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Ovnik v. Podolskey

Court of Appeals of Illinois, First District, Sixth Division

September 1, 2017

JOHN OVNIK, KIMBERLEE OVNIK, and CHICAGO MUSIC WORKS, INC. d/b/a Deaf Dog Music, Plaintiffs-Appellees,
v.
GALINA PODOLSKEY and VADIM GOSHKO, Defendants-Appellants.

         Appeal from the Circuit Court of Cook County No. 13 L 12989 Honorable Patrick J. Sherlock, Judge, Presiding.

          HOFFMAN PRESIDING JUSTICE delivered the judgment of the court, with opinion. Justice Rochford concurred in the judgment and opinion. Justice Delort specially concurred, with opinion.

          OPINION

          HOFFMAN PRESIDING JUSTICE

         ¶ 1 The defendants, Galina Podolskey (Galina) and Vadim Goshko (Vadim), appeal from various orders entered by the circuit court in the instant action brought by the plaintiffs, John Ovnik (John), Kimberlee Ovnik (Kimberlee) (collectively, the Ovniks), and Chicago Music Works, Inc. d/b/a Deaf Dog Music (CMW), seeking damages by reason of the defendants' failure to return the security deposit posted with them in connection with the rental of a townhouse plus penalties, interest, attorney fees, and costs under the Chicago Residential Landlord and Tenant Ordinance (RLTO) (Chicago Municipal Code § 5-12-010 et seq. (amended Mar. 31, 2004)). On appeal, the defendants contend, inter alia, that the circuit court erred by: denying, in whole or in part, three motions to dismiss that they brought pursuant to section 2-619 of the Code of Civil Procedure (Code) (735 ILCS 5/2-619 (West 2014)); and granting summary judgment in Kimberlee's favor. For the reasons that follow, we reverse the summary judgment entered by the circuit court and remand the matter for further proceedings consistent with this opinion.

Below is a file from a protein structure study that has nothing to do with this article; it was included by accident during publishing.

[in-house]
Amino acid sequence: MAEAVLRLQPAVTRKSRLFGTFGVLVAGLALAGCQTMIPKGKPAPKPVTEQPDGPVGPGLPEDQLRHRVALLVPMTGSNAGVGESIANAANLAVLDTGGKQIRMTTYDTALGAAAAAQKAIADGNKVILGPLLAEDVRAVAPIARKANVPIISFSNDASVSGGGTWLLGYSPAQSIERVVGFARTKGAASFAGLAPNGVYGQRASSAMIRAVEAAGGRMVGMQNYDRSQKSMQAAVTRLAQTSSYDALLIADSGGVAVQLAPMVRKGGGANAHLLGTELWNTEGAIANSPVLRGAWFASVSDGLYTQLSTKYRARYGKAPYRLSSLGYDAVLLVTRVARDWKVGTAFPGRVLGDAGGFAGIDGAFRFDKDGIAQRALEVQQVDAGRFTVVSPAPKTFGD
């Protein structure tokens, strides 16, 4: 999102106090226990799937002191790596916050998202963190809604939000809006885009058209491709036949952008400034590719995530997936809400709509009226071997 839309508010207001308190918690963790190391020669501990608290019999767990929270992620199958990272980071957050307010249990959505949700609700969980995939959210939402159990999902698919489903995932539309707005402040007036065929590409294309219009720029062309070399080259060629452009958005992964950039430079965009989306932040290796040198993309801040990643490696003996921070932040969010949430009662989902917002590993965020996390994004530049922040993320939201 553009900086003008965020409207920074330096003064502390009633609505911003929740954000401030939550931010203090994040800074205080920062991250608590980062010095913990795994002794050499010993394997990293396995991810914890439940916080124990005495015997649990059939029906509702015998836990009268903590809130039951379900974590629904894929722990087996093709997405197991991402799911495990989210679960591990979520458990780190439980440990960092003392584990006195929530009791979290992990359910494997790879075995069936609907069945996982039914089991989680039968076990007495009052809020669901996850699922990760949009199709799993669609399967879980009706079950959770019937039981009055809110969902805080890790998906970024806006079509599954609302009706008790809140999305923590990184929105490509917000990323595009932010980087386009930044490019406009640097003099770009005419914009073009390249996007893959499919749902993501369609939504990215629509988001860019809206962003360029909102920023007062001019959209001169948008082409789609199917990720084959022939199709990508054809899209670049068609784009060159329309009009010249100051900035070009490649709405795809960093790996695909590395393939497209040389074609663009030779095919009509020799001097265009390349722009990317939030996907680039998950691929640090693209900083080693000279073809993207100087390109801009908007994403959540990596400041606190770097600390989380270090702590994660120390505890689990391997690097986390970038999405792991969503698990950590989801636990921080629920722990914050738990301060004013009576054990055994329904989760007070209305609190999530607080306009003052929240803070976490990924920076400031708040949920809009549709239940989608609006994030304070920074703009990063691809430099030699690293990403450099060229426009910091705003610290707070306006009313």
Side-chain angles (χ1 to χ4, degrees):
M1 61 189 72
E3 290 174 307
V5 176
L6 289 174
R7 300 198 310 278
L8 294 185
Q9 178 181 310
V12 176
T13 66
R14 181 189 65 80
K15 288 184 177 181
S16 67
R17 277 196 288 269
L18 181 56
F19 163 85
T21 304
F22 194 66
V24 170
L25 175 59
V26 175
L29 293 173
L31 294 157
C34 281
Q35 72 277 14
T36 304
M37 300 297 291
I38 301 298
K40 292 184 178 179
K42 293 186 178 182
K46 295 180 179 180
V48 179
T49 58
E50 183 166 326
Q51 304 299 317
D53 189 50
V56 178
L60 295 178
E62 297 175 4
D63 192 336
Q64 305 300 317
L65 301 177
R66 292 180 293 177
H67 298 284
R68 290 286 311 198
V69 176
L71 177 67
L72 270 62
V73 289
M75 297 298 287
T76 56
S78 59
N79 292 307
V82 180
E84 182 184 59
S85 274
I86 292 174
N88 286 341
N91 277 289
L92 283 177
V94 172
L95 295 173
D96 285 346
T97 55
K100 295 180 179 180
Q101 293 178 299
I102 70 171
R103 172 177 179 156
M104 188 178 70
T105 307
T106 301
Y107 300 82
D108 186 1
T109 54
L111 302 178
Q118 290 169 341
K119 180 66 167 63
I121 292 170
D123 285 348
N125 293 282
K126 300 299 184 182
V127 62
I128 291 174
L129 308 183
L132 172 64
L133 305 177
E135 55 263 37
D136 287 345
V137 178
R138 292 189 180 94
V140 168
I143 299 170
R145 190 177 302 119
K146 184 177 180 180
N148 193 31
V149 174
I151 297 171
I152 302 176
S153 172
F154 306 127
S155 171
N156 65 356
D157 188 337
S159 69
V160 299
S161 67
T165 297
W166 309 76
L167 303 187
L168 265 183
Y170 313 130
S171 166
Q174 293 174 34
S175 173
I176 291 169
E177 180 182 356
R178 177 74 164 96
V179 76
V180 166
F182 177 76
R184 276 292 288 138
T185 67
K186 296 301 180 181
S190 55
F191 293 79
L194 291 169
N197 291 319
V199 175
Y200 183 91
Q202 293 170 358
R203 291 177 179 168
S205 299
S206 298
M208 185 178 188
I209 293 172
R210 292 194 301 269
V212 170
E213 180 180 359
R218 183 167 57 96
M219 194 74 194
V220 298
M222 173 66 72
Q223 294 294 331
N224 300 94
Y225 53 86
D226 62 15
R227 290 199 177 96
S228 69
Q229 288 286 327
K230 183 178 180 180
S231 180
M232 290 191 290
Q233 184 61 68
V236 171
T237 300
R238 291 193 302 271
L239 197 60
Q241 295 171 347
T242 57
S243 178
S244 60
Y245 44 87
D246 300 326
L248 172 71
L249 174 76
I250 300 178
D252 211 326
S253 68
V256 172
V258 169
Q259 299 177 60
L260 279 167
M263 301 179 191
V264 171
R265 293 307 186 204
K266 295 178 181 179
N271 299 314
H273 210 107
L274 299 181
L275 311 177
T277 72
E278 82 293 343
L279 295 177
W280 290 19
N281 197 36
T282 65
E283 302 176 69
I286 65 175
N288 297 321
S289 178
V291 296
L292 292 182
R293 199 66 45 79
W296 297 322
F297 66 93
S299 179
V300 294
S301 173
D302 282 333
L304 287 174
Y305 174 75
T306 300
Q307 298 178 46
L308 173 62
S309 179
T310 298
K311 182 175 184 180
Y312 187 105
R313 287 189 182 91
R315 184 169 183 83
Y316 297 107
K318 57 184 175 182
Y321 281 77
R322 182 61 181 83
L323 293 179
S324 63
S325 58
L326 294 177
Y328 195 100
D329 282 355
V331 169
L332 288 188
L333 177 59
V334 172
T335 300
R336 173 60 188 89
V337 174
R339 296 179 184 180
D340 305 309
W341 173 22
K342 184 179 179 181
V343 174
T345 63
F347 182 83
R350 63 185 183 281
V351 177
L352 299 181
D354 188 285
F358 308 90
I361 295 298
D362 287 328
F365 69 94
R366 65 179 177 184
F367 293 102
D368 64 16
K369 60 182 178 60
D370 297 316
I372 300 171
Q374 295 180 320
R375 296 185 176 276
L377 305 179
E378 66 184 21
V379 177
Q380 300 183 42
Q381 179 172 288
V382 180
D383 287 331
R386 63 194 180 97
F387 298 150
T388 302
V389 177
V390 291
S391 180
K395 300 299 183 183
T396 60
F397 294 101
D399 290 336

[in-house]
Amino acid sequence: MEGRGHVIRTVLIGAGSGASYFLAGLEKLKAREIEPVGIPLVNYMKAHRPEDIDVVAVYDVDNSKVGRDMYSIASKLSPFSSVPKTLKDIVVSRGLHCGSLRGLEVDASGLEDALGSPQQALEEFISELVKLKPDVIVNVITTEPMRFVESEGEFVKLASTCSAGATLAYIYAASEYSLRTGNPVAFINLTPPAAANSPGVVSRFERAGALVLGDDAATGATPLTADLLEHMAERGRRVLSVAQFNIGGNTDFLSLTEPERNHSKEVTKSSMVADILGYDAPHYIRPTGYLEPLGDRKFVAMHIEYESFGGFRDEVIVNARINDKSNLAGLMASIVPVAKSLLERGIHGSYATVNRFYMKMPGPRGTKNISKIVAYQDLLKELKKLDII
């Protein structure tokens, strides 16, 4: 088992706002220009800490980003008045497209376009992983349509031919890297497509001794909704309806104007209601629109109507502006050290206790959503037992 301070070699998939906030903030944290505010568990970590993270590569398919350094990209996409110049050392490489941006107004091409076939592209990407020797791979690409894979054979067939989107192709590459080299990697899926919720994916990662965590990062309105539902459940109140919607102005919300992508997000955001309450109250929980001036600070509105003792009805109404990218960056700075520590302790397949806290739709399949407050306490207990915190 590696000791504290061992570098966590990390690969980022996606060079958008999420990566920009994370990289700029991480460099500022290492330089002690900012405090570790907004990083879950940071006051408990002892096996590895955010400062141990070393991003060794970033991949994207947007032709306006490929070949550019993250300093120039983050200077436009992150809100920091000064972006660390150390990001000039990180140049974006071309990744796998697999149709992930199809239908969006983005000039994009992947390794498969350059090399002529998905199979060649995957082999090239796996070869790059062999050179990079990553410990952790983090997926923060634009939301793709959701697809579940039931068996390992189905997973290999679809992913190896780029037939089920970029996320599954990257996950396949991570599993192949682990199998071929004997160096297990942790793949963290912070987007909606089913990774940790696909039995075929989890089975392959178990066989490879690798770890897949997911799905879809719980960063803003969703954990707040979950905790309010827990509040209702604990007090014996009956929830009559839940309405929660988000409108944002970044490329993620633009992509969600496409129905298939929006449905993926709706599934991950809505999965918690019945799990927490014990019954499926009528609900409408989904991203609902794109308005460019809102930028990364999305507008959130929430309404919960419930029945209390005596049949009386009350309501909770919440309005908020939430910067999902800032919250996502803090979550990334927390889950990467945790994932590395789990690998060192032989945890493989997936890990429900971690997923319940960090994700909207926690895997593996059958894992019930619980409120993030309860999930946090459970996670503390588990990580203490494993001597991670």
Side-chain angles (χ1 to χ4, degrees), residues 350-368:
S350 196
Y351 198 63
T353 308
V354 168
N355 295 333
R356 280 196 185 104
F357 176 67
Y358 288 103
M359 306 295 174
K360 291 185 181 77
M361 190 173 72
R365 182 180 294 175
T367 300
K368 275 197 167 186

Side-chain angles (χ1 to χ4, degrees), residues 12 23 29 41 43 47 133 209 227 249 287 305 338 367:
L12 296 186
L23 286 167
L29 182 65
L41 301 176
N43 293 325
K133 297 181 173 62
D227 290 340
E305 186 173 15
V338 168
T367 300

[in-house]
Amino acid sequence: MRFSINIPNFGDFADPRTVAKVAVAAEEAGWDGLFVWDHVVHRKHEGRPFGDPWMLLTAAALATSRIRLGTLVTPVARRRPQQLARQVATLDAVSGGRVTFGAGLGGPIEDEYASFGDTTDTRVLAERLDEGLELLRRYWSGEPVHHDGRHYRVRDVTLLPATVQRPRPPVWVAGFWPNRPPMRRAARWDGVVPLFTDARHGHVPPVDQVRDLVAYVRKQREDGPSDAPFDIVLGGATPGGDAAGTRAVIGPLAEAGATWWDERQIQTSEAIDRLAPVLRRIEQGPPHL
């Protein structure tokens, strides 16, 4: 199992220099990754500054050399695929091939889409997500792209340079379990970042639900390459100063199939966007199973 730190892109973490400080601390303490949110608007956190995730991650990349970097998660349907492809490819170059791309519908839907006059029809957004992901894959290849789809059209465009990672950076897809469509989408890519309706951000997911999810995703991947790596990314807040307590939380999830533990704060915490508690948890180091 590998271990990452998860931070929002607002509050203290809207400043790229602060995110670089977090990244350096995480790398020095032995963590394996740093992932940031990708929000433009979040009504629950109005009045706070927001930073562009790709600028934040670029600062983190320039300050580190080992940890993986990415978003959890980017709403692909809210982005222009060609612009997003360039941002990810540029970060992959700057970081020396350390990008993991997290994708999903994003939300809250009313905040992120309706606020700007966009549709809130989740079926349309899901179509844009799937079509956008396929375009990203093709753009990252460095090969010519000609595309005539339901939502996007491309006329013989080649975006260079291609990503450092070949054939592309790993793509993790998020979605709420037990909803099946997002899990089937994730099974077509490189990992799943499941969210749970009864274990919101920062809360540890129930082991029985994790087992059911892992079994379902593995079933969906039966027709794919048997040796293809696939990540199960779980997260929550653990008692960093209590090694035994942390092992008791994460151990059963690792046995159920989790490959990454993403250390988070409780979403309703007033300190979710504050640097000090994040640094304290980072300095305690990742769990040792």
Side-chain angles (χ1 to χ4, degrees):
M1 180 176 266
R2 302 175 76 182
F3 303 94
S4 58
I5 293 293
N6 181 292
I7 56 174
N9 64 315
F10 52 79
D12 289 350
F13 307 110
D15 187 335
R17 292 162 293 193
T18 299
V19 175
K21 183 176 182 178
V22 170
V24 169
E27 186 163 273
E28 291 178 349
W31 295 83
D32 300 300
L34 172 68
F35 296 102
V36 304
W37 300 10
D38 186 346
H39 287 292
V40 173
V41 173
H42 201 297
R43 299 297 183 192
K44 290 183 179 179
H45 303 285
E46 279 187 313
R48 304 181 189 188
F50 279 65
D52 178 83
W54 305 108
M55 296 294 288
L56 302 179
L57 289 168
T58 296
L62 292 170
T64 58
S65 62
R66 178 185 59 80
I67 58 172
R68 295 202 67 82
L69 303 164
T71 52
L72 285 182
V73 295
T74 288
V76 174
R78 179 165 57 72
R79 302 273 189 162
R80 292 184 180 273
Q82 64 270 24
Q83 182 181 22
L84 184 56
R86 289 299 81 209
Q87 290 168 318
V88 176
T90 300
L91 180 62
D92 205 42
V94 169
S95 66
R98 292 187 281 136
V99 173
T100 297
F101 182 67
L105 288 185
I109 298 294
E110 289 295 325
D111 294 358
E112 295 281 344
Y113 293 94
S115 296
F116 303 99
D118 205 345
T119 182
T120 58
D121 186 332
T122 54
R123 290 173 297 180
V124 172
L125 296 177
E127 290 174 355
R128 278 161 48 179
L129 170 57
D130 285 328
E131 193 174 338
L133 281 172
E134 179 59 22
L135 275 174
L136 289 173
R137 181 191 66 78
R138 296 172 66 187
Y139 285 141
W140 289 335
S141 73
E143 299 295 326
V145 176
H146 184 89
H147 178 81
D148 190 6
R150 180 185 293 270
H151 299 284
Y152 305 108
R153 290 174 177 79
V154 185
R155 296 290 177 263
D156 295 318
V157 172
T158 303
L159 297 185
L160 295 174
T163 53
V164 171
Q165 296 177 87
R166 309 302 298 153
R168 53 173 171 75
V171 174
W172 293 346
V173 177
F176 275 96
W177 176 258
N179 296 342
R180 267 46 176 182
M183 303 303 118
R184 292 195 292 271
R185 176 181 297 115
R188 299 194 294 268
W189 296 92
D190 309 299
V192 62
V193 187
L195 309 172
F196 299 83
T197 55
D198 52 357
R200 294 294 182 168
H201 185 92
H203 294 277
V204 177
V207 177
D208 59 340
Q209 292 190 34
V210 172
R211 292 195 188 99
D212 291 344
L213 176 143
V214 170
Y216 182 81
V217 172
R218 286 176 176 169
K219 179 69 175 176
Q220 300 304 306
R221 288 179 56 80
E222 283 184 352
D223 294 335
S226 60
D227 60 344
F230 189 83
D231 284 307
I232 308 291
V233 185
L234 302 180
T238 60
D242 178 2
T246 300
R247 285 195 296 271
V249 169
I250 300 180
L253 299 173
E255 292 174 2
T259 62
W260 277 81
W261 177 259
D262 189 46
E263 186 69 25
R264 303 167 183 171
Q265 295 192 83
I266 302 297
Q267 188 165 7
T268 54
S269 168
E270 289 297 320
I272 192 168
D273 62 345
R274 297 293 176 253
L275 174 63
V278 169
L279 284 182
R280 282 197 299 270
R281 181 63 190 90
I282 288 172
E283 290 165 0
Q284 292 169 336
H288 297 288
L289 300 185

¶ 2 The following factual recitation is derived from the pleadings and exhibits of record.

         ¶ 3 In May 2009, the defendants, as the lessors, entered into a two-year lease agreement to lease a townhouse located at 1816 South Indiana Avenue in Chicago. The lease agreement stated that it was "for a private dwelling" and included a copy of the RLTO. The named lessee was CMW and John, CMW's sole shareholder, was a guarantor. Although Kimberlee paid the $6, 375 security deposit with a personal check (the 2009 security deposit), the lease agreement stated that "[l]essee has deposited with [l]essor the security deposit" and that, upon termination of the lease agreement, the security deposit "shall be returned to [l]essee, including interest[ ] ***." In October 2010, CMW fell behind on its rent payments due under the lease. On November 12, 2010, John sent a text message to Galina, stating that she could deduct October's rent from the 2009 security deposit and that he was "not concerned with earning interest on the deposit."

         ¶ 4 The lease agreement was renewed for another two-year term beginning in June 2011. The renewal lease agreement listed both CMW and John as tenants and required an additional security deposit of $6, 757.50, which CMW paid (the 2011 supplemental security deposit), for a total security deposit of $13, 132.50 (the combined security deposit). In May 2013, at the end of the two-year renewal lease term, the townhouse was vacated, but the defendants refused to return the combined security deposit.